Chapter 110

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(Mat 14:13,14)  When Jesus heard of it [that Herod had slain John the Baptist], he departed thence [from the Promised Land] by ship [on the Sea of Galilee] into a desert [Gk: lonesome, i.e. (by impl.) waste: desolate, solitary, wilderness] place apart [from the people, and to the east of Bethsaida (Heb: fishing-house)]: and when the people had heard thereof, they followed him on foot out of the cities. And Jesus went forth, and saw a great multitude, and was moved with compassion toward them, and he healed their sick.

1.      Strong’s Concordance Greek = compassion: to have the bowels yearn, i.e. (fig.) feel sympathy, to pity:--have (be moved with) compassion /// an intestine (plur.); fig. pity or sympathy:--bowels, inward affection, + tender mercy.

2.      Dictionary = compassion: 1. a feeling of sorrow or pity for the sufferings or misfortunes of another; sympathy. 2. compassionate –Syn. commiseration, mercy.

3.      Dictionary = mercy: compassionate or kindly forebearance shown toward an offender, an enemy, or other person in one’s power; compassion, pity, or benevolence.

4.      Dictionary = mercy seat: 1. the gold covering on the ark of the covenant, regarded as the resting place of God (see Ex 25:17-22). 2. the throne of God.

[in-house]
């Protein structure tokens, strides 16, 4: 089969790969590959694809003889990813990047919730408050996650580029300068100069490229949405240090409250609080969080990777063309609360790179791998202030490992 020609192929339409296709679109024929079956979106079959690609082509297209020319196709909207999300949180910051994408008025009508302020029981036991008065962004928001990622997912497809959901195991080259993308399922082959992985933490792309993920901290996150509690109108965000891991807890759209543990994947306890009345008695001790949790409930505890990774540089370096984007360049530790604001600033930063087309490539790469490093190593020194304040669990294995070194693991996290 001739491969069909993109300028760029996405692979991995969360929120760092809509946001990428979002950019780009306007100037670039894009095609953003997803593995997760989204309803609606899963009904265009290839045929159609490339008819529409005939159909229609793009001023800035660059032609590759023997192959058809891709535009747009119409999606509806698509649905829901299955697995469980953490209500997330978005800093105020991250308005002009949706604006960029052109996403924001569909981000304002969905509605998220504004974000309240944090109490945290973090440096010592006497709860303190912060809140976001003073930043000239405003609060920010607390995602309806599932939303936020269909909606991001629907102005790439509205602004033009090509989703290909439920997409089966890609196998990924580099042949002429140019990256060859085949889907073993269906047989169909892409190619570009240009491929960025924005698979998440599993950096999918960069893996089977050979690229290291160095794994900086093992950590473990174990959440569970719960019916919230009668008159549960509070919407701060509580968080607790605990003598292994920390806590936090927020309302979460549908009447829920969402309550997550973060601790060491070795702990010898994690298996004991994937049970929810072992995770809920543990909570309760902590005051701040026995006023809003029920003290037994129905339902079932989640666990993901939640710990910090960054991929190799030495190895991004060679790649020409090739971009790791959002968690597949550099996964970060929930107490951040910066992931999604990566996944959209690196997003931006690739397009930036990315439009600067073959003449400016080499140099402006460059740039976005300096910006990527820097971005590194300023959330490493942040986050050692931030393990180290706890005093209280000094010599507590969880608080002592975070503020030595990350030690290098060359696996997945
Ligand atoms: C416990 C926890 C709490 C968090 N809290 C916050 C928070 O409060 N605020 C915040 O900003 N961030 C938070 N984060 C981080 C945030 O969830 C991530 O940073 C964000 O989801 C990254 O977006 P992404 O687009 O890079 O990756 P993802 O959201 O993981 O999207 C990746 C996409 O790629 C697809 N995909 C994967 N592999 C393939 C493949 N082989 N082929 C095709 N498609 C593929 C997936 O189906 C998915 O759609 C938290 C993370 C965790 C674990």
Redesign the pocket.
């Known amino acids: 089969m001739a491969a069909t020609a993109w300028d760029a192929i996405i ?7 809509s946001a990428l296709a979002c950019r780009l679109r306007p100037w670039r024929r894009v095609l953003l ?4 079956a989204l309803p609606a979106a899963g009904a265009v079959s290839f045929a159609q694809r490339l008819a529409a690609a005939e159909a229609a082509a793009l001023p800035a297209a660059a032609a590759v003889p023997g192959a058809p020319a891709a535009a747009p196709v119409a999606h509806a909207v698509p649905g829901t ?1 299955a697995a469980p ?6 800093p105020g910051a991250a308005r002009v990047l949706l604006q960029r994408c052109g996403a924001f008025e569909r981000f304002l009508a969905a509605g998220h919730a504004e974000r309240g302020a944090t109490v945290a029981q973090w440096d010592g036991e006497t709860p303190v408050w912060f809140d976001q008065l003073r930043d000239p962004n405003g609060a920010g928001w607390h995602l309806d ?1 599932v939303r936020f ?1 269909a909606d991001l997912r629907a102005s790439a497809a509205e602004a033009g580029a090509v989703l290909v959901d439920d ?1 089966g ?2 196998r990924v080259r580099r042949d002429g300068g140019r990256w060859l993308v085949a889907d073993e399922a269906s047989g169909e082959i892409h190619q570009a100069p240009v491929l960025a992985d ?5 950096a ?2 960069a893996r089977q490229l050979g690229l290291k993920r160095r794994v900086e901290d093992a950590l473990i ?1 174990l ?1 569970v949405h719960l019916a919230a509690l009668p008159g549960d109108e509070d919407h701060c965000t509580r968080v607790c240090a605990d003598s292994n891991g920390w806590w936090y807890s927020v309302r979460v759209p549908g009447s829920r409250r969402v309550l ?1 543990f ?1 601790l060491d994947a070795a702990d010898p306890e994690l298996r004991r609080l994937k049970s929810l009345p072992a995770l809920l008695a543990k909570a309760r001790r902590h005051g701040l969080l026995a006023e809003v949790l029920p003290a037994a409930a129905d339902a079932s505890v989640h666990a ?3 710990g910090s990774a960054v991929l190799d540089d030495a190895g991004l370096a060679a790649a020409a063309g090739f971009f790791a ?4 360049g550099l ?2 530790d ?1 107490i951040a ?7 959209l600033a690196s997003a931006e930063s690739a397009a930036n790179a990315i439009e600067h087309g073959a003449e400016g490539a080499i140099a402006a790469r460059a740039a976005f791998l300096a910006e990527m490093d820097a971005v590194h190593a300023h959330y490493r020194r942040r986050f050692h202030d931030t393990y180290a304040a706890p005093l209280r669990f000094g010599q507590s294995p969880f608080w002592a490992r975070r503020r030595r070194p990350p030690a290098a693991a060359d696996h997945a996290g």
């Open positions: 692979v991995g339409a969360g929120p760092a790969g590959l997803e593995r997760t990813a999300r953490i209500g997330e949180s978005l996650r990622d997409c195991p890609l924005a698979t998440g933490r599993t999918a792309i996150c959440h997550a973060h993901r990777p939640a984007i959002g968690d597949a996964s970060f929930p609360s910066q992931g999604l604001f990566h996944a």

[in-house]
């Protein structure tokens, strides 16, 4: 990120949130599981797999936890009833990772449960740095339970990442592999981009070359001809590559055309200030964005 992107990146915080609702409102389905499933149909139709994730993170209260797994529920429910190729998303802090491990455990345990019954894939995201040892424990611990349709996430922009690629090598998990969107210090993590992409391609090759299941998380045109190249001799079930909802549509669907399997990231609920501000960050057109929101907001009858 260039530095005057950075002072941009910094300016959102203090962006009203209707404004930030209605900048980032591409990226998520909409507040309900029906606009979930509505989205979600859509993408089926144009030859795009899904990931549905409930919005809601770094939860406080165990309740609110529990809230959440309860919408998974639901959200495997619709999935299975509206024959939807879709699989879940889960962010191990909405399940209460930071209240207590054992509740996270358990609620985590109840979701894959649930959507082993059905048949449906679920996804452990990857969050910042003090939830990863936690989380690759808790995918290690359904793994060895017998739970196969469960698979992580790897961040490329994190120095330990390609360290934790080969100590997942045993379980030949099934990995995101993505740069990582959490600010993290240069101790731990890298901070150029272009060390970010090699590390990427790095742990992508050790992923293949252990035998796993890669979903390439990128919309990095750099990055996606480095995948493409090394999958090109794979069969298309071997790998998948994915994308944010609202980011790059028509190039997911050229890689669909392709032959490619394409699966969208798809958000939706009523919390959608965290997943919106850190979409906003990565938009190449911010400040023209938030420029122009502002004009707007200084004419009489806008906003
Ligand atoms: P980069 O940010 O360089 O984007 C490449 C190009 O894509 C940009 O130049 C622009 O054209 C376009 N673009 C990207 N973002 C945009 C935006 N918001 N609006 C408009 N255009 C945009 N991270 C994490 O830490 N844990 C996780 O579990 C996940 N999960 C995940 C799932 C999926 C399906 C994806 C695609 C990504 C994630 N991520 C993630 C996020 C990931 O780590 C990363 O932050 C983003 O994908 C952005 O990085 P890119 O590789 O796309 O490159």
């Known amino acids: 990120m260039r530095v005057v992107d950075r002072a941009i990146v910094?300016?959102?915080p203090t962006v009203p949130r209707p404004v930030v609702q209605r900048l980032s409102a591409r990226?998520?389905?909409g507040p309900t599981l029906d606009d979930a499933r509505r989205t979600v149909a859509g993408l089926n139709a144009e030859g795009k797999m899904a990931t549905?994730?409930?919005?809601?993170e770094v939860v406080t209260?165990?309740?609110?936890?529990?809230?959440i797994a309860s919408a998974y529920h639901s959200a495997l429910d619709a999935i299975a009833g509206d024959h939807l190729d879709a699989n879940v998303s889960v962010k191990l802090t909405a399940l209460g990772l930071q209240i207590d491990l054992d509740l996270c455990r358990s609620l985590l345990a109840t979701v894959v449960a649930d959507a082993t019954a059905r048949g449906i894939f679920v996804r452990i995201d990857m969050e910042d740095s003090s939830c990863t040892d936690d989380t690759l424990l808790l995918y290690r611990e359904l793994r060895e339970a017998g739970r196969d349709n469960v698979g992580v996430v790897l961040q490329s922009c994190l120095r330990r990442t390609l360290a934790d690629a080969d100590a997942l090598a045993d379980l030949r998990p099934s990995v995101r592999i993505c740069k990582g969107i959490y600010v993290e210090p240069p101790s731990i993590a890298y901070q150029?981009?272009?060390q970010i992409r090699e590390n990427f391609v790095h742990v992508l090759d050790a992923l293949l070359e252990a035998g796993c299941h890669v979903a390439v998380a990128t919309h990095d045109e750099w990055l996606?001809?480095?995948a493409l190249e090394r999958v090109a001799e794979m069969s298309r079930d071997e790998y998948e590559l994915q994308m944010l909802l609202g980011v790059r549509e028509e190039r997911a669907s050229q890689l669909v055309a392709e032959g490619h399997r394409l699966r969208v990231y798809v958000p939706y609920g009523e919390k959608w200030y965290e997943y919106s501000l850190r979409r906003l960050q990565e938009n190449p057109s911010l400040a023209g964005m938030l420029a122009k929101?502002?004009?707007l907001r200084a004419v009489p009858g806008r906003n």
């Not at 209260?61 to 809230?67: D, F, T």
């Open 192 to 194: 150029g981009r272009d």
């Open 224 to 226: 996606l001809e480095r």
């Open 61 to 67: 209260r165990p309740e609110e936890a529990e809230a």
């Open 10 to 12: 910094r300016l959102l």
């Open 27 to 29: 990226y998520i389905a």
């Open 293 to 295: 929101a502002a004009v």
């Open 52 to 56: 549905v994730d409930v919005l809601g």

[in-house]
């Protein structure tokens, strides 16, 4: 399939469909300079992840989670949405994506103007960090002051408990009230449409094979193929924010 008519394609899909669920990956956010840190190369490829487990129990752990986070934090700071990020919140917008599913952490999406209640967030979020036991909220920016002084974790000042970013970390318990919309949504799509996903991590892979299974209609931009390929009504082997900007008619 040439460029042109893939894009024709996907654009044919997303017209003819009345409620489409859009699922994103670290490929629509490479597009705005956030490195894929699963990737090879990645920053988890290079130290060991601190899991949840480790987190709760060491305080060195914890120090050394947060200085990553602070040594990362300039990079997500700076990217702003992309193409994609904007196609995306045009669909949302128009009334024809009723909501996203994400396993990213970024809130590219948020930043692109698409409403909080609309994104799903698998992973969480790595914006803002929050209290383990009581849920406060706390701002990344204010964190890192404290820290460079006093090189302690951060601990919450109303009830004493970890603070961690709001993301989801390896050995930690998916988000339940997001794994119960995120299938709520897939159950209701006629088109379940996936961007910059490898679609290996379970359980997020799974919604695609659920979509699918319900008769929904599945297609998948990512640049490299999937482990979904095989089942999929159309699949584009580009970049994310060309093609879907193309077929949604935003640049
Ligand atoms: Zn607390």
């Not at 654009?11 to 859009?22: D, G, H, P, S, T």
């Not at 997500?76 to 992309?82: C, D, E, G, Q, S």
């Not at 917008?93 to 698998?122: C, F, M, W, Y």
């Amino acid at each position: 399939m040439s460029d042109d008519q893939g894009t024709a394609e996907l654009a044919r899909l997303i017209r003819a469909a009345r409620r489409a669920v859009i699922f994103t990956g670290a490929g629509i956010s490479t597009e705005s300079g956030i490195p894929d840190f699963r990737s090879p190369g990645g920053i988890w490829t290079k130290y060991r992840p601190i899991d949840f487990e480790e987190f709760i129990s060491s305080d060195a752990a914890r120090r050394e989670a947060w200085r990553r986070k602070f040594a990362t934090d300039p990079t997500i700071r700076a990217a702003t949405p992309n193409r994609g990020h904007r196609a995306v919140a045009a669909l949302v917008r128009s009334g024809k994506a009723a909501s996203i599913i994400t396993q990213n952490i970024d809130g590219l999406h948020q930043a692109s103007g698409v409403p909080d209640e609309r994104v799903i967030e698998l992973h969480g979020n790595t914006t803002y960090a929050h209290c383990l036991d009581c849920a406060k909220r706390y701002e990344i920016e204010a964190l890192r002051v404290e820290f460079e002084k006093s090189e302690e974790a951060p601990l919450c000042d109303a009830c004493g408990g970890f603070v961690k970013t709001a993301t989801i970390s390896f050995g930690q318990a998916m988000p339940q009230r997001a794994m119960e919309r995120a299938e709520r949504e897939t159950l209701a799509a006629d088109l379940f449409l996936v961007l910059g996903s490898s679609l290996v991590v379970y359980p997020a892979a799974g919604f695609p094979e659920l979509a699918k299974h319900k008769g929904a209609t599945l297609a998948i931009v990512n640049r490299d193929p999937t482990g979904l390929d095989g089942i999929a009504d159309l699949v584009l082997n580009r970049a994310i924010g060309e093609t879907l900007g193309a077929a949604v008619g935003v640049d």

5.      The Full Life Study Bible: Compassion is an emotion which moves one to the very depth of his being. It involves a sorrow felt for another’s suffering and misfortune, accompanied by an intense desire to help. It is a characteristic both of God (“compassion” Deut 30:3; 2 Ki 13:23; “full of compassion” Psa 78:38, 111:4) and of His Son Jesus (“compassion” Mark 1:41, 8:2; “moved with compassion” Mat 9:36, 14:14; “compassion” Mat 15:32; Luke 7:13). In this present age of indifference to the suffering of others, Jesus expects this attitude to characterize His followers [The parable of the unforgiving servant: Mat 18:23-35; The parable of the good Samaritan: Luke 10:30-37].



(Mat 14:15-18)  And when it was evening, his disciples came to him, saying, This is a desert place, and the time [for the evening meal] is now past; send the multitude away, that they may go into the villages, and buy themselves victuals [Gk: food]. But Jesus said unto them, They need not depart [departing from Jesus is not a good idea]; give ye them to eat [Neither God nor Jesus ever issued a command that cannot be obeyed]. And they say unto him, We have here but five loaves, and two fishes. He said, Bring them hither to me [and they obeyed].


(Mat 14:19-21)  And he commanded the multitude to sit down on the grass, and took the five loaves, and the two fishes, and looking up to heaven, he blessed, and brake, and gave the loaves to his disciples, and the disciples to the multitude. And they did all eat, and were filled: and they took up of the fragments that remained twelve baskets full. And they that had eaten were about five thousand men, beside women and children.